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Okay, so I'm gearing up to get a new machine so I'm looking at how I can organise things better. Now, currently I use an admin account as my main login account, but I know that that's probably not best practice, so I'd like to switch to a separate admin and non-admin account on my machine.

However, I'm a developer, and I do a lot of work in the terminal, so sometimes I do need to run commands via sudo, but of course that won't work the way I would normally run it (sudo foo, type current account's password). What I'd like to know is, knowing the details for an admin account on my machine, is it possible to run commands via sudo (or similar) from a non-admin account, without having to login to a different account each time? For example, could I trigger the enter admin password dialogue somehow?

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im not sure if this would work with osx, but if seen solutions on linux systems (e.g. ubuntu) where the user is allowed to run 'su' via 'sudo'. by this way you can just type 'sudo su', enter your users password and you end up with a root shell. i love this solution because no seperate admin account and password is required – weberik Apr 3 '14 at 15:28
I think it's worth mentioning that on UNIX like systems, if you are the administrator, it's perfectly fine to be running in a sudoer account. The equivalent of Windows-Xp-esque admin all the time would be being logged into root. – Linuxios Apr 3 '14 at 22:44
up vote 13 down vote accepted

Seems like you could use the SU command to switch to another user in Terminal. Once you've switched to the admin user you can use sudo commands coupled with the admin account's password.

For example, when I'm at one of my end user's Macs and I need to run something with elevated privileges (chown for example) without logging out and into the admin account (ladmin) I would use something like this (in bold):

Mr-Rabbits-Mac:~ notadminuser$ su ladmin

This will prompt for the ladmin account's password, once entered you will see a bash command prompt. From here I can run any sudo commands desired, entering ladmin's password as needed...

bash-3.2$ sudo chown user2 /some/folder

This will run the chown command using the now logged in ladmin user, prompting for the ladmin account's password. Once finished you can type exit to return to your logged in user's prompt.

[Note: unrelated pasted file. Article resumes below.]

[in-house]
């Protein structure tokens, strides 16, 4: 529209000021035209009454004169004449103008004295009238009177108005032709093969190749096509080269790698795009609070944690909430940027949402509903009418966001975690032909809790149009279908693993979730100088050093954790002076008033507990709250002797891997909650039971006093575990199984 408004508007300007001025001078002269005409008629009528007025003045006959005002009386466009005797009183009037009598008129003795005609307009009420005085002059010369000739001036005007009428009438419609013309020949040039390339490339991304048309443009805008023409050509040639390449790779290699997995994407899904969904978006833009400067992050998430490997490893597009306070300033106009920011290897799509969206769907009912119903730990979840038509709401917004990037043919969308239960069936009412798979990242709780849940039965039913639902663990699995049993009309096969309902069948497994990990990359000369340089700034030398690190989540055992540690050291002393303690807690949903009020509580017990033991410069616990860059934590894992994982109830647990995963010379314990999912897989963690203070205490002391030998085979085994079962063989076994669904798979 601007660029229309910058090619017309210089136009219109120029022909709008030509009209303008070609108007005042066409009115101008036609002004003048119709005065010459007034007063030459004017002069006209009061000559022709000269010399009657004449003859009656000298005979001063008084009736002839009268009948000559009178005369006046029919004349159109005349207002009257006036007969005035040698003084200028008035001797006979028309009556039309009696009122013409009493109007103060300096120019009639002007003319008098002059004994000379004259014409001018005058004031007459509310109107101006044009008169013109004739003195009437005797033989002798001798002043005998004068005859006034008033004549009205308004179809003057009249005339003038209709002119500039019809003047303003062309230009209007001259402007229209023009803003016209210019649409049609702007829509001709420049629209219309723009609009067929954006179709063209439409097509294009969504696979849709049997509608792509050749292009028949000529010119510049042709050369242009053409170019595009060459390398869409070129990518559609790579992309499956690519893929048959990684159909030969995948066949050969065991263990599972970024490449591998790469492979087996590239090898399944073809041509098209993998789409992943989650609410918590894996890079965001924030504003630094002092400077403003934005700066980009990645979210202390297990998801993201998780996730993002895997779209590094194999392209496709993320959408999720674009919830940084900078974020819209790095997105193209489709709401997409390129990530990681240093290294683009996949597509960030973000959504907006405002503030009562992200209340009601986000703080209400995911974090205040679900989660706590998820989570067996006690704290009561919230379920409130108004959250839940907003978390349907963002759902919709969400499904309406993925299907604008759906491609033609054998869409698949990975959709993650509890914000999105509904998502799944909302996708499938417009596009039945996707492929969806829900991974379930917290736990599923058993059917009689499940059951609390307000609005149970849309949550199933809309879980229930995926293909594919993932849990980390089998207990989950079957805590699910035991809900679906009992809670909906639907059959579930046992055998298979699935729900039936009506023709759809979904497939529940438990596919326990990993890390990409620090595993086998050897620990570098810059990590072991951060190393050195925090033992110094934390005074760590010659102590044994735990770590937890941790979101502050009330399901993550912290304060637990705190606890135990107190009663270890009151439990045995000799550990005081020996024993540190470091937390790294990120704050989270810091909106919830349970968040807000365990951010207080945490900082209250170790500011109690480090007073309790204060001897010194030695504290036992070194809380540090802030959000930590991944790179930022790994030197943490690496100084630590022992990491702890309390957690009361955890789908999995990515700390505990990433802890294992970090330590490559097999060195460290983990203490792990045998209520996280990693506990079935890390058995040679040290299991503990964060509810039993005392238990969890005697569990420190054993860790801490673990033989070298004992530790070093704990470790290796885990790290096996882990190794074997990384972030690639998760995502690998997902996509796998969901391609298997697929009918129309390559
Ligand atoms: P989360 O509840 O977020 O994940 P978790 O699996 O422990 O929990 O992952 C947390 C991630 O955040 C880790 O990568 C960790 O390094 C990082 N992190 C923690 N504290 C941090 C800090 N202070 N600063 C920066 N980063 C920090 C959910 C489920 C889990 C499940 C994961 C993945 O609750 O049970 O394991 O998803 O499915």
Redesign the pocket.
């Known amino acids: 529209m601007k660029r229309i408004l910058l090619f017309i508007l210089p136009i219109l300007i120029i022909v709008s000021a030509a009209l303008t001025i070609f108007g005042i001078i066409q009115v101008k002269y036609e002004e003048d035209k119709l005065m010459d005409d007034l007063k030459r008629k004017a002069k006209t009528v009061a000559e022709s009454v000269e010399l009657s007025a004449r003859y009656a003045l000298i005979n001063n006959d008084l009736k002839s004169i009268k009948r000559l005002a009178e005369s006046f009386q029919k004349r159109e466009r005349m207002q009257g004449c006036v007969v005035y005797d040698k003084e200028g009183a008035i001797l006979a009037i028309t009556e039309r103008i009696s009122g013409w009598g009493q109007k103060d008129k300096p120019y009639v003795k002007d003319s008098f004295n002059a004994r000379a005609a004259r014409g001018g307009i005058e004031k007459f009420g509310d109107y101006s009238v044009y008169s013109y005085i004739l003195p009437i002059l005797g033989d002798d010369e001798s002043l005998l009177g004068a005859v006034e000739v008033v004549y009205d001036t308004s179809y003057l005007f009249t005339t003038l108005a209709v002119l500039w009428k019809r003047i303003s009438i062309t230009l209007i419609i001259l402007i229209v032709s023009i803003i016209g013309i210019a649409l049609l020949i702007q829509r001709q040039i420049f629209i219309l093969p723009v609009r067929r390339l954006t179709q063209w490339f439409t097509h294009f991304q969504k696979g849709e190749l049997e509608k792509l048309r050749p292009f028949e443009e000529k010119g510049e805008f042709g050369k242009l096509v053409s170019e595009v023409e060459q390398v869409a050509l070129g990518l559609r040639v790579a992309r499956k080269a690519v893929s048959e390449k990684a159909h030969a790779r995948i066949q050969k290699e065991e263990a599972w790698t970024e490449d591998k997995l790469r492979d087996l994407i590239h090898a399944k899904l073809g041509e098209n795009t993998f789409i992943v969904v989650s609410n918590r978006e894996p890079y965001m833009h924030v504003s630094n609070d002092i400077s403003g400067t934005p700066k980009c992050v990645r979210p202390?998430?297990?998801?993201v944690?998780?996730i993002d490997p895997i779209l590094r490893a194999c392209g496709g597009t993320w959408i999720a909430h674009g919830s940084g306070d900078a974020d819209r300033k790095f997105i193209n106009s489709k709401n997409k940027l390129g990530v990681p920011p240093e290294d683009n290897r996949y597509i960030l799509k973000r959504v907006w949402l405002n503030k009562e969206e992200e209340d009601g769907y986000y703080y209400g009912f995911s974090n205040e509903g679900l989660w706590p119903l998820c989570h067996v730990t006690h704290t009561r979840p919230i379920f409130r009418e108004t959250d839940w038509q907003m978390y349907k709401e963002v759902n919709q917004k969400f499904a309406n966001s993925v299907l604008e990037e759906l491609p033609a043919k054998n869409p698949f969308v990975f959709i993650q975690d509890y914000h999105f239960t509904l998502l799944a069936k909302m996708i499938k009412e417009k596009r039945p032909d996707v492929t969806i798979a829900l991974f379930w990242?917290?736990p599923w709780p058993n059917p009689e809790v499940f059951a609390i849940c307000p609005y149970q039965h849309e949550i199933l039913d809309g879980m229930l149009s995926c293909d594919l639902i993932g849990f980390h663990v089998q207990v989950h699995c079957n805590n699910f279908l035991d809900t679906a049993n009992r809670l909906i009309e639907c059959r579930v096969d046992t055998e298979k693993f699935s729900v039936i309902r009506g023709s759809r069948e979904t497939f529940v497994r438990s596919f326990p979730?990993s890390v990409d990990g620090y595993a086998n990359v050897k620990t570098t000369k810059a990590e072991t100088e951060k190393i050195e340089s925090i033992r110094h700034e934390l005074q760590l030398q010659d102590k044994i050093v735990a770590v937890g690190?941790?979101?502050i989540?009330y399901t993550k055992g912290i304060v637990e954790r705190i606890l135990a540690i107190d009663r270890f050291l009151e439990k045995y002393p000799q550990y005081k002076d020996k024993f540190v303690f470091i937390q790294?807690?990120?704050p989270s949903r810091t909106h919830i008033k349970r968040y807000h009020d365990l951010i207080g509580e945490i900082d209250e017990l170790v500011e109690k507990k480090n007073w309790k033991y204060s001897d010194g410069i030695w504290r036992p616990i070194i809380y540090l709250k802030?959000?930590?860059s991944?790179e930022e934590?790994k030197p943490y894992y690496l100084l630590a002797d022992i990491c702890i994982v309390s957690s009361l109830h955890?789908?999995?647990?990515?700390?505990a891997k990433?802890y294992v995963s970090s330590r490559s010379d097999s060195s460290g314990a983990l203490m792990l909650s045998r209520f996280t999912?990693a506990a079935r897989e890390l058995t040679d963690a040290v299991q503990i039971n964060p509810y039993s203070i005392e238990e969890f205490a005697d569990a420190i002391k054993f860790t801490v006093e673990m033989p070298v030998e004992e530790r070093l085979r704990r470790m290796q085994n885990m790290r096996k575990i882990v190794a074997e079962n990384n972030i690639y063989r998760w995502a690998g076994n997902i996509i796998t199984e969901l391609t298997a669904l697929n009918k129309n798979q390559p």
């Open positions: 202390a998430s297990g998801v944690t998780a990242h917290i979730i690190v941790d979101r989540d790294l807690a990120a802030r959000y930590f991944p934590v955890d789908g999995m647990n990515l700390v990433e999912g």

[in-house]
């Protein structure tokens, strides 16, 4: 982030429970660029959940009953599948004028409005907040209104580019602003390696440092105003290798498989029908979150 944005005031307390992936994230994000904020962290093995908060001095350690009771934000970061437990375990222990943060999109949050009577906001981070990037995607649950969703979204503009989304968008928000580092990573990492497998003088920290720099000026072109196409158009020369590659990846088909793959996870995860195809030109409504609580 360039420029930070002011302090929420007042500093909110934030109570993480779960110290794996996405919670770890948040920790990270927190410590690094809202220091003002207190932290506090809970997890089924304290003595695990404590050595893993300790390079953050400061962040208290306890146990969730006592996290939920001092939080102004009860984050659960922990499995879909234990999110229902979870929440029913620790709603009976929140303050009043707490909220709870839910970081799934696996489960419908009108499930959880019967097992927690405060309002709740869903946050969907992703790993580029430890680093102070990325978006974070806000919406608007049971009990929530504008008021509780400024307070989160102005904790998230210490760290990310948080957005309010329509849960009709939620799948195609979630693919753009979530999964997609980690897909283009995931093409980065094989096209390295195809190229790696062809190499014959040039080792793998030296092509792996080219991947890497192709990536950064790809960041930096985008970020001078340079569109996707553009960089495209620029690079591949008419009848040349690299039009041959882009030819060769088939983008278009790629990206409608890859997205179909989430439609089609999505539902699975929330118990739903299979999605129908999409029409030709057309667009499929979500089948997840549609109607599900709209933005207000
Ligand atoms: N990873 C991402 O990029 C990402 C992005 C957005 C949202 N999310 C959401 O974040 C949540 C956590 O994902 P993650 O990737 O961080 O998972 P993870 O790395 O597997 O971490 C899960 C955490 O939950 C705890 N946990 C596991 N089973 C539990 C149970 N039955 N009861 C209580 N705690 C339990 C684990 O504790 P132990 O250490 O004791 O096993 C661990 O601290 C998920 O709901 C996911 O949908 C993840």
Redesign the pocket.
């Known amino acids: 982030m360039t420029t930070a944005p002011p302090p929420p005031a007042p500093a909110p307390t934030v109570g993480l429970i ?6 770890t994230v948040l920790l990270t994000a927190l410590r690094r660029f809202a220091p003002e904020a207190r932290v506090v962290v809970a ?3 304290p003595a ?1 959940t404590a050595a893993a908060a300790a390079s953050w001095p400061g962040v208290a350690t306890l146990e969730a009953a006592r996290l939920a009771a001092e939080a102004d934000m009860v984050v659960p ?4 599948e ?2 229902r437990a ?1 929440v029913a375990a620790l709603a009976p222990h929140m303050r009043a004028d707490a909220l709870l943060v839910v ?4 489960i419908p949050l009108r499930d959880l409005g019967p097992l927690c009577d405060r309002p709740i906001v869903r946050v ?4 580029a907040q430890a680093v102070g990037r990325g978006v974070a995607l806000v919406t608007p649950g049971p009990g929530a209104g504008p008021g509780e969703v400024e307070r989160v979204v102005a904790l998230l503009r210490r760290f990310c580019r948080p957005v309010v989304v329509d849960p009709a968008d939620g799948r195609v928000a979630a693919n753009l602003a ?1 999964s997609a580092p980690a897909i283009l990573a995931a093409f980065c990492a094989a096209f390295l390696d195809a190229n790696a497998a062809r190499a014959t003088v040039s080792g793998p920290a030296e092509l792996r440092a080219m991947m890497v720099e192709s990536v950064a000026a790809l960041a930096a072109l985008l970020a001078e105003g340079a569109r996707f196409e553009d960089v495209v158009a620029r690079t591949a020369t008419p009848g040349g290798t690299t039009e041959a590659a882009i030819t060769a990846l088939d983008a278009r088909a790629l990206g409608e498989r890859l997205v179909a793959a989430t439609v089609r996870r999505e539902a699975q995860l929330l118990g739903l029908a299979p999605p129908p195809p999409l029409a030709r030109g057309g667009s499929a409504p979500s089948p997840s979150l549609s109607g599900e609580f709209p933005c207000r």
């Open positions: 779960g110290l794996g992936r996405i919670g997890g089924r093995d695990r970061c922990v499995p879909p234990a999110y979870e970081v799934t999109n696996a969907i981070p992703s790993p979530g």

Screenshot of similar process, only using sudo to run the ls command (just for example). enter image description here

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Aha! This seems like exactly what I need, thanks! No need to add to sudoers file, I had a feeling there was a way to do it, just couldn't for the life of me think of it, thanks for the great answer! – Haravikk Apr 3 '14 at 16:54

Add your existing user name to the sudoers file, and do what you need to do:

User privilege specification

root ALL=(ALL) ALL

<randomuser> ALL=(ALL) ALL

%admin ALL=(ALL) ALL

Or whatever perms you want to give yourself. then you can run sudo whatever to your hearts extent. That's /etc/sudoers by the way.

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-1 Never edit /etc/sudoers by yourselves. Use visudo. – Max Ried Jan 5 at 11:40

In Terminal type login, a space, your admin name and hit return. Then type your admin password, hit return and you are logged in as administrator that can issue sudo commands with no additional configuration or files to change.

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Go to the Directory Utility, unlock it and then from the Edit menu option select "Enable Root User". Type in a unique password for the root account and re-enter it for verification. Now with that done from any account you can open the from you can run "login" and enter root at the login and then enter the root password you just set up. You should be good to go! ;)

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There is no need to enable the root user for this. – Édouard Apr 3 '14 at 14:29
So i could go into any Mac which is booted, open and enter the login command. Enter root and then what as a password? Please enlighten me :/ – Andrew U. Apr 4 '14 at 10:19
I mean you don’t need to enable the root user to do what the OP is asking. Actually, if you go and use login, you might as well log into an admin account instead of root. – Édouard Apr 4 '14 at 10:29

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